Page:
With reference now to FIG. 2, a schematic block diagram illustrating the system of the present claimed invention is shown. A modem circuit used for receiving messages and for transmitting messages from a subscriber unit used in interactive television applications is schematically shown as 40. A detailed description of such a subscriber unit can be found in pending U.S. patent application Ser. No. 07/966,414 to Gilbert M. Dinkins entitled "INTERACTIVE NATIONWIDE DATA SERVICE COMMUNICATION SYSTEM FOR STATIONARY AND MOBILE BATTERY OPERATED SUBSCRIBER UNITS" filed Oct. 26, 1992 which is incorporated herein by reference. Although such a device is used as the portable electronic communication device in the present embodiment, the present claimed invention is also well suited for use with other portable electronic communication devices well known in the art. Modem circuit 40, as shown in the embodiment of FIG. 2, includes an rf circuit 42 and a logic circuit 44. Rf circuit 42 also has an antenna 46 coupled thereto to facilitate RF signal communication with rf circuit 42. A power source control/switch 48 is used to deliver power to rf circuit 42 and logic circuit 44. In the present embodiment, power source control/switch 48 includes a counter 50 and a power switch 52. Power switch 52 is coupled to rf circuit 42 and logic circuit 44 via line 54. Counter 50 is coupled to logic circuit 44 via line 56. Logic circuit 44 controls power source control/switch 48 such that power source control/switch 48 selectively delivers power to rf circuit 42 during a first time interval and withholds power from rf circuit 42 during a second time interval. Although power source control/switch 48 of the present embodiment includes the above-listed components, the present invention is also well suited to other types of power source control/switches having different components.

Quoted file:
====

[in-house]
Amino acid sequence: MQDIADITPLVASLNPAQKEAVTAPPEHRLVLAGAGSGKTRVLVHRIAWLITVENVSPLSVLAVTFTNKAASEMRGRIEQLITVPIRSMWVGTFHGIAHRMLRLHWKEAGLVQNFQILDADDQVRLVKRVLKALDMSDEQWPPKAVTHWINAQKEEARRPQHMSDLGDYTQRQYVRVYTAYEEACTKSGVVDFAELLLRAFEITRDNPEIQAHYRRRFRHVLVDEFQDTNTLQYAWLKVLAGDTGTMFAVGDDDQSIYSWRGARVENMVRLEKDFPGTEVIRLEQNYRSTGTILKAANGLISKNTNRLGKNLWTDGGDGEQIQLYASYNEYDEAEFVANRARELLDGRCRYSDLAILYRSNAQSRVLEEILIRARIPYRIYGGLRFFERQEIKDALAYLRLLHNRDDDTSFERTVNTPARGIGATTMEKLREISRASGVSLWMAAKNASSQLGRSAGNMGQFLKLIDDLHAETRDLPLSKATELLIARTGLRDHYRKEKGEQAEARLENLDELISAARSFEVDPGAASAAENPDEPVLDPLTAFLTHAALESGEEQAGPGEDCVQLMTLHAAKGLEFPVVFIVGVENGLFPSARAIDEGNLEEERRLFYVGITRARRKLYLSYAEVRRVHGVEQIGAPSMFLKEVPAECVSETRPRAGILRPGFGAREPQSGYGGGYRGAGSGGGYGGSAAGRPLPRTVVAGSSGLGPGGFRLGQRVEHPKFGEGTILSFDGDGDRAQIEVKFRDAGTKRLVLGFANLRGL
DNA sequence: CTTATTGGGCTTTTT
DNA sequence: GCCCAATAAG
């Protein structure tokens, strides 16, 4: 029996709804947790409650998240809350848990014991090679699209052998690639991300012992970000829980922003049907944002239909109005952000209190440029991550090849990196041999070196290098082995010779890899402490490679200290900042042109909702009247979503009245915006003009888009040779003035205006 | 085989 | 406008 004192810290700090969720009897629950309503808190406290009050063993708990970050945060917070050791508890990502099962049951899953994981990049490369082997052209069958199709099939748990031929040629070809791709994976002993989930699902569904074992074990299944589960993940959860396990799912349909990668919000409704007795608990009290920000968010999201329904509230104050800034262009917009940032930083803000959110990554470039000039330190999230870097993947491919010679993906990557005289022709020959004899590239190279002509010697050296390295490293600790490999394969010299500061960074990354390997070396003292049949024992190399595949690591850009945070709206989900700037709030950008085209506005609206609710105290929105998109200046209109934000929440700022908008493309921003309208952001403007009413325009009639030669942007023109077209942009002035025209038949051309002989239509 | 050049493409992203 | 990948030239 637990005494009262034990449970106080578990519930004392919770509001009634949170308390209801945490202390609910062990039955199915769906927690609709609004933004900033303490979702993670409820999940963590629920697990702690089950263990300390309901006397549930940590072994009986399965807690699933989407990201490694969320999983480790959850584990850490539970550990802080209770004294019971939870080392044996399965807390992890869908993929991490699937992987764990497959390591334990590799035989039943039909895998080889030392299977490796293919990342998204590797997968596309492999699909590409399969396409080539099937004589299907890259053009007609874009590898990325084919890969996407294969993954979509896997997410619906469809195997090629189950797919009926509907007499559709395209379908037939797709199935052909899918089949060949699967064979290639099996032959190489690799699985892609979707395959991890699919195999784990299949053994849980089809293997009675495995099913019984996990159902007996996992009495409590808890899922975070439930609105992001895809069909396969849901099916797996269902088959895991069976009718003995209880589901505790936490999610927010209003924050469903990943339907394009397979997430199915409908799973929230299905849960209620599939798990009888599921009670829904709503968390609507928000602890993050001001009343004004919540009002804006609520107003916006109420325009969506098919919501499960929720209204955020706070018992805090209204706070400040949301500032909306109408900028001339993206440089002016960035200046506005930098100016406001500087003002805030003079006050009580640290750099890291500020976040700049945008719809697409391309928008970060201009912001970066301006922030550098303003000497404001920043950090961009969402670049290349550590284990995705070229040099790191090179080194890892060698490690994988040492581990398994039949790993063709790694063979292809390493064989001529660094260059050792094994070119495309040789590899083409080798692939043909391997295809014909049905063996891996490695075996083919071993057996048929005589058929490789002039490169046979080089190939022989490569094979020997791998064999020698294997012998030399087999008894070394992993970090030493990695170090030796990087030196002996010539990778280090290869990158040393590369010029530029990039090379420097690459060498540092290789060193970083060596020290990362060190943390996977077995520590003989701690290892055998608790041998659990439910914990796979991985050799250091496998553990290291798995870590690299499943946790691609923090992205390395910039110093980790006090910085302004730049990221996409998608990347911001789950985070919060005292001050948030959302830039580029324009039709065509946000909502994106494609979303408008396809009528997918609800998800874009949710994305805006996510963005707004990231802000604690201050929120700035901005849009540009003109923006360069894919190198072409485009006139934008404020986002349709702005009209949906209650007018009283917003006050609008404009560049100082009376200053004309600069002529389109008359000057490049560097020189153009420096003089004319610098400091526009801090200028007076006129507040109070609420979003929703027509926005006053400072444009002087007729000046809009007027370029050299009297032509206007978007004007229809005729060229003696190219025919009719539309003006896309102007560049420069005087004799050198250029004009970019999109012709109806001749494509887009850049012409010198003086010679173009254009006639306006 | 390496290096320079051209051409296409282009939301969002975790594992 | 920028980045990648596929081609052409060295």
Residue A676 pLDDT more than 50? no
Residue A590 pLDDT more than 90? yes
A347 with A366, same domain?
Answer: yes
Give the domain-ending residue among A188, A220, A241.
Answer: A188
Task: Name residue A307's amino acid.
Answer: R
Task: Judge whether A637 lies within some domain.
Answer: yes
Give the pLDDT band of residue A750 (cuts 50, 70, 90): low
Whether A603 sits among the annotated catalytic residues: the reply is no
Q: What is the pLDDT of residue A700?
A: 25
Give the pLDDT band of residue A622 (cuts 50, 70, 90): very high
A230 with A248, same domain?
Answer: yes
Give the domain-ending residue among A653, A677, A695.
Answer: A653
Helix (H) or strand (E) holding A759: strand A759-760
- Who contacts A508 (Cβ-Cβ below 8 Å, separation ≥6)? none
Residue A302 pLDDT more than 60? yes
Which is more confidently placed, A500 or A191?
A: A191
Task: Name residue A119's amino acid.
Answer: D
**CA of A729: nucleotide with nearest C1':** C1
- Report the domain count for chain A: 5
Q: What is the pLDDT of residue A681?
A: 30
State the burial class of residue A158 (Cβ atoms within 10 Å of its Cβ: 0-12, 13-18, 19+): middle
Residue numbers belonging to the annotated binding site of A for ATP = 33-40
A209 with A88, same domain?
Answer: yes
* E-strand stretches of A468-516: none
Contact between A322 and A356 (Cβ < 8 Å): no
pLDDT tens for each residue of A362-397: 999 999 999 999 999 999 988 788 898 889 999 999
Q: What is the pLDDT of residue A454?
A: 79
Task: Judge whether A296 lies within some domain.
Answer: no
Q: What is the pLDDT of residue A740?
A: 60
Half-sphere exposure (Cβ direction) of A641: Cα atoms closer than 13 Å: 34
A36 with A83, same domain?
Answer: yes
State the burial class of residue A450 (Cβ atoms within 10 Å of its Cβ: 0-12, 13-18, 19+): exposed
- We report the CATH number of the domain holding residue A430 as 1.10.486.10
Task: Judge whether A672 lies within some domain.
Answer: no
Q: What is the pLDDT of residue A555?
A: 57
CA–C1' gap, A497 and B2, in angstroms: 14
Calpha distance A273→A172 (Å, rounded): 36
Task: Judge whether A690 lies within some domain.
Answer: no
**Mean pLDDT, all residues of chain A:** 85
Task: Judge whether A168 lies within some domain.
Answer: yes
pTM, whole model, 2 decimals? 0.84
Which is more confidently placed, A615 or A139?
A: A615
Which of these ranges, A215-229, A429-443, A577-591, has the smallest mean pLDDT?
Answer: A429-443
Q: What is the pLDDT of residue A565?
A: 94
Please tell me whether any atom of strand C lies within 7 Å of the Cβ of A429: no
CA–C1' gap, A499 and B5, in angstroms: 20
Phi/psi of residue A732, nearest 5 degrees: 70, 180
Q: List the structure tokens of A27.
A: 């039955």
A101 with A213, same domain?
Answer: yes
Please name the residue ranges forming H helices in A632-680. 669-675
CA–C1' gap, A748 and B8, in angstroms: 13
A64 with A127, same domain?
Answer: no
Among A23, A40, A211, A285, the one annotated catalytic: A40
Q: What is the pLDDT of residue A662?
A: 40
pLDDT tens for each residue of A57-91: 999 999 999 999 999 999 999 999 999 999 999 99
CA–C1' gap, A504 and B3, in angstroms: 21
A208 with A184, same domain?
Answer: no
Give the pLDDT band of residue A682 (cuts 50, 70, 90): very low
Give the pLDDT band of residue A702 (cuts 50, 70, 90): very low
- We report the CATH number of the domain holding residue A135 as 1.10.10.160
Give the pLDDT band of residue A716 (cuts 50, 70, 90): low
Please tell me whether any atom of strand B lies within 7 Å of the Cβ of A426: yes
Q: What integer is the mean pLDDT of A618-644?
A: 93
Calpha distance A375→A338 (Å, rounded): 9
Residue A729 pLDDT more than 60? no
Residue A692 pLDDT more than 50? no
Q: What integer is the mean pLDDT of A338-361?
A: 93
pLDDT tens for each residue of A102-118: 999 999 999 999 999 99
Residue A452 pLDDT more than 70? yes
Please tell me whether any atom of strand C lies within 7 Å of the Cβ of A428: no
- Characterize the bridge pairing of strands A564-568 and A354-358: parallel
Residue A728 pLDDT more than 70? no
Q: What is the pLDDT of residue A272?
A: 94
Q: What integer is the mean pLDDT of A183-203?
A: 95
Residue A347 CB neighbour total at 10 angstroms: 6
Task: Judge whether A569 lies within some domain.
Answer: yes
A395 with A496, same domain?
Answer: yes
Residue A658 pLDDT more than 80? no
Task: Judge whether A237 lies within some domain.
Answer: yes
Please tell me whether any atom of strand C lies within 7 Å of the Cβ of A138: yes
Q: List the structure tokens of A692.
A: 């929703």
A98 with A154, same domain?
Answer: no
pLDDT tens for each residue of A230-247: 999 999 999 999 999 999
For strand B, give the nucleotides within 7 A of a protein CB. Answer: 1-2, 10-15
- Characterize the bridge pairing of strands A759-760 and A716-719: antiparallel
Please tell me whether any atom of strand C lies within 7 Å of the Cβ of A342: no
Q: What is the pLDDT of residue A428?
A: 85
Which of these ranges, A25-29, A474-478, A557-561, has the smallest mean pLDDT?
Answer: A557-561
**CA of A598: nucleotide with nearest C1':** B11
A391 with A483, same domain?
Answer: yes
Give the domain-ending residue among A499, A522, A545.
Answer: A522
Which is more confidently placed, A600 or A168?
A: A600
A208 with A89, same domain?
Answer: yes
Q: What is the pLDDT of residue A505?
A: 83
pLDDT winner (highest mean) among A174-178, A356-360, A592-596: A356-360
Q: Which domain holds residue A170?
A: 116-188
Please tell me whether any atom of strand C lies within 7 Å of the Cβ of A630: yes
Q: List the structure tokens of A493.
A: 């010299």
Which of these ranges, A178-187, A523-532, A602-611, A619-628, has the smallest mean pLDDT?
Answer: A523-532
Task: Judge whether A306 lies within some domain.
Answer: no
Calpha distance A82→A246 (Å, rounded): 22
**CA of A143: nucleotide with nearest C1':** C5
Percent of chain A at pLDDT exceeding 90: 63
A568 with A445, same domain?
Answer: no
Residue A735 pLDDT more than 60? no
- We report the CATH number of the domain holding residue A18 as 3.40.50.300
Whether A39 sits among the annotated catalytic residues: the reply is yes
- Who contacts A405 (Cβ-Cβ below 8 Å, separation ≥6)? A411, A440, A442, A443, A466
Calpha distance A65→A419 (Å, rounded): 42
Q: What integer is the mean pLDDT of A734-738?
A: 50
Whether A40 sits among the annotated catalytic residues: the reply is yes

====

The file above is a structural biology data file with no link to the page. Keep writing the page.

Additionally, a low power control clock/counter 58 is coupled to the logic circuit means via line 60 for measuring the duration of the first and second time intervals. In the present embodiment, low power control clock/counter 58 includes a counter 62, an A/D converter 64, and an oscillator 66. Although low power control clock/counter 58 of the present embodiment includes the above-listed components, the present invention is also well suited to other types of low power control clock/counters having different components. In the present embodiment, the first time interval occurs while modem circuit 40 is transmitting or receiving messages. Thus, modem circuit 40 uses power only when transmitting and receiving, but does not consume power during standby periods. As a result, the power consumption of the portable electronic communication device is reduced as modem circuit 40 of the subscriber unit only consumes power while the subscriber unit is transmitting or receiving messages.